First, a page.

Be Your Own Mom

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When my daughter is upset, anxious, or angry, my job as a parent is to hold her in a loving presence. I don’t have to fix her emotion, give her advice, tell her not to be sad, or take the pain away. My job is simply be there for her.

The same is often true in meditation—except for myself. Many days, I have sat down to meditate and been overtaken by an emotion. Anxiety, for instance, hits me hard in my gut. It may feel quite strong—so strong that I can barely meditate. I’d rather do anything else than meditate.

And I have been known to occasionally call it a day and read a book or check email instead of face the emotion.

Yet experiencing emotions is a normal part of meditating. In fact, as you meditate more, emotions often surface more, as if they are plants longing to grow toward the light—emerging in the face of your own loving presence.

Our job is to recognize the fact that the grief or fear, pain or anger, or any other emotion, is arising and is the truth of the moment. With positive intentions as a baseline, we can trust the healing that comes as we shine the light of awareness on it. We can let these things that need to be healed surface and move through us, as we hold these processes in awareness and kindness.

This kindness doesn’t force healing to happen; it allows it to occur. When we speak to a therapist or trusted friend, finally able to get something off our chest as they fully listen to us with compassion, we experience a healing effect. Similarly in meditation, our own nonjudgmental, loving, open, and aware mind meets the strong emotion and offers it the safety to integrate and potentially resolve.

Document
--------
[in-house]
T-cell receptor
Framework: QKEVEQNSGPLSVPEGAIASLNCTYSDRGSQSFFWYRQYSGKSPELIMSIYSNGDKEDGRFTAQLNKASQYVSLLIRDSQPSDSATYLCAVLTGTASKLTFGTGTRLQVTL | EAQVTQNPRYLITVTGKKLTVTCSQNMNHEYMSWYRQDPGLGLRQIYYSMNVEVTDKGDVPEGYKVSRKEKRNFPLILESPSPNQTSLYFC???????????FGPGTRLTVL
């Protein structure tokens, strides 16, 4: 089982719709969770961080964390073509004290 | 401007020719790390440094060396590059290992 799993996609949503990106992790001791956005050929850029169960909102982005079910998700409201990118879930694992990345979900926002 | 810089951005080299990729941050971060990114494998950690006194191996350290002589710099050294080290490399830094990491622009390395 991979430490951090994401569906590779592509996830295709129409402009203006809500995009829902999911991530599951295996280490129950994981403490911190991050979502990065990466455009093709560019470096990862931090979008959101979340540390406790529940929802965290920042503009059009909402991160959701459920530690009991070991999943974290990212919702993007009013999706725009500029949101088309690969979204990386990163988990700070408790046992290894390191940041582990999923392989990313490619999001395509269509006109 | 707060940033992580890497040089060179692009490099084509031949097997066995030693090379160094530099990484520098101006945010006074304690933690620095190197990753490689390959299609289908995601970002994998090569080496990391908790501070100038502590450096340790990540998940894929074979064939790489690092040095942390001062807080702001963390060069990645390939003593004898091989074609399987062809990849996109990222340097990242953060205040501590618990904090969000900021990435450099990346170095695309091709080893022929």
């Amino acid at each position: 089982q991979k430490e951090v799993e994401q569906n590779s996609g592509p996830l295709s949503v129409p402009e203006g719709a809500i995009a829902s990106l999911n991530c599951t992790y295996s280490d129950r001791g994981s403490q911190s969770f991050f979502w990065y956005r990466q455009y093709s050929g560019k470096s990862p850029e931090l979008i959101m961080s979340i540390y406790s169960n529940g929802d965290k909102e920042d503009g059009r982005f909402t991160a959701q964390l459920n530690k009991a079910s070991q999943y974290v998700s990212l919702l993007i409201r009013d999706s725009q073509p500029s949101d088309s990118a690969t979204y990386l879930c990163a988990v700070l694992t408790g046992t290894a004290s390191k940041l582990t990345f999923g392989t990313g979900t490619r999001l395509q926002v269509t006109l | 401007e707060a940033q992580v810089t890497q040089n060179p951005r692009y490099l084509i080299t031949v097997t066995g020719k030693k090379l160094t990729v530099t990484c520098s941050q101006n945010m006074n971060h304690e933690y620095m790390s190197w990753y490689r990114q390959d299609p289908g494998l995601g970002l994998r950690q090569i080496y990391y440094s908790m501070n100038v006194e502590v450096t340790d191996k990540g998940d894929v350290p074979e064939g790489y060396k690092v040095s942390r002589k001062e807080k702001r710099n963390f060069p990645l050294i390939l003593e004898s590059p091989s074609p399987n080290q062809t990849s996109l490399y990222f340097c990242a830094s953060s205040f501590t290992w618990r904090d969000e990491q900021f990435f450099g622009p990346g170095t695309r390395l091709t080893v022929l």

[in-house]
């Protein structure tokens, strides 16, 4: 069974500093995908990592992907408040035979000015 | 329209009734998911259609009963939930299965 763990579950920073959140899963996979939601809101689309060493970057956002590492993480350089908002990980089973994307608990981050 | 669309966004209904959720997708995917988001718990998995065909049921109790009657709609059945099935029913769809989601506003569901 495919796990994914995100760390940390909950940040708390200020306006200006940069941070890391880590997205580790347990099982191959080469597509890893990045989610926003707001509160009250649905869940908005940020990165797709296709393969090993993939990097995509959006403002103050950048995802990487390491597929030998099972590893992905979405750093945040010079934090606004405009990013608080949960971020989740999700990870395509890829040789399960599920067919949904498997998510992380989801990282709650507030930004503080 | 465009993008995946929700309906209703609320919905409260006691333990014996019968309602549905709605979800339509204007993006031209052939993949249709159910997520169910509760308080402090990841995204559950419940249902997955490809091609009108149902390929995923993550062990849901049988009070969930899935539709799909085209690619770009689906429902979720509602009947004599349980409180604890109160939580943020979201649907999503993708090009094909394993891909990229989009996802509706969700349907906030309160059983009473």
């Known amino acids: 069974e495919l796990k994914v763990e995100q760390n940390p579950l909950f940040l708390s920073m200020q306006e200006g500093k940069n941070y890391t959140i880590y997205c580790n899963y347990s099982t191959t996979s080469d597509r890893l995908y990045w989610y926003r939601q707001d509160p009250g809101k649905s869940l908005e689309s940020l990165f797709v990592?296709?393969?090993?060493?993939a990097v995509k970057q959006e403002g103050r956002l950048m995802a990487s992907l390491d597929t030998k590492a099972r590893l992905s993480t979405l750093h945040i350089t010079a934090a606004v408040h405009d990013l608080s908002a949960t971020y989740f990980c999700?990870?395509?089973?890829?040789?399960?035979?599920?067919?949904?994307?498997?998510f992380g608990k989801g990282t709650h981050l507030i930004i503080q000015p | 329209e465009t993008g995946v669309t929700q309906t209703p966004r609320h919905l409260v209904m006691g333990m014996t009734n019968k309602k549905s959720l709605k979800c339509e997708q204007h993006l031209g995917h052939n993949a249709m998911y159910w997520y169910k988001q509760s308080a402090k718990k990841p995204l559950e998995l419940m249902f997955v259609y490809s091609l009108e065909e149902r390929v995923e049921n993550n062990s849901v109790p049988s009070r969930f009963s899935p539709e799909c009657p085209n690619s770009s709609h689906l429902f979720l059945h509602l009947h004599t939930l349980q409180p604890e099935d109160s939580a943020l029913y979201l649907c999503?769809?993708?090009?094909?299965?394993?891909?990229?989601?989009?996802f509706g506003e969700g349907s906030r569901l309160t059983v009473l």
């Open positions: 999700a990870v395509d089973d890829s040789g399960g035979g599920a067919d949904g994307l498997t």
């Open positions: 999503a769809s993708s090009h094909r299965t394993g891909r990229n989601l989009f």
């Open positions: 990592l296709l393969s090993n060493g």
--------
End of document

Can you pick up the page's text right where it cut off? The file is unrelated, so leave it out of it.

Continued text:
When anxiety surfaces during my meditation, I often put my hand on my chest lovingly. I

let myself sense the anxiety as it emerges organically. Sometimes I use other practices—like giving lovingkindness to myself or saying the simple, yet incredibly useful phrases “It’s okay” and “You will get through this.” I let the anxiety emerge in a field of loving awareness, trusting that it needs to come forward, trusting that I am up for the task of allowing it to do so.

If strong, difficult emotions arise in meditation, as in life, there is nothing wrong. They are a part of you that can reveal themselves in the light of awareness. Of course, if an emotion arises in meditation that feels stronger than you can handle, you should seek the appropriate therapeutic or spiritual support. But the emotion arising isn’t a sign that you’re doing something wrong; it’s a sign you’re doing something right. And wise.


Diana Winston is the Director of Mindfulness Education at UCLA’s Mindful Awareness Research Center and the author of several books including her new book, The Little Book of Being: Practices and Guidance for Uncovering your Natural Awareness.

Diana Winston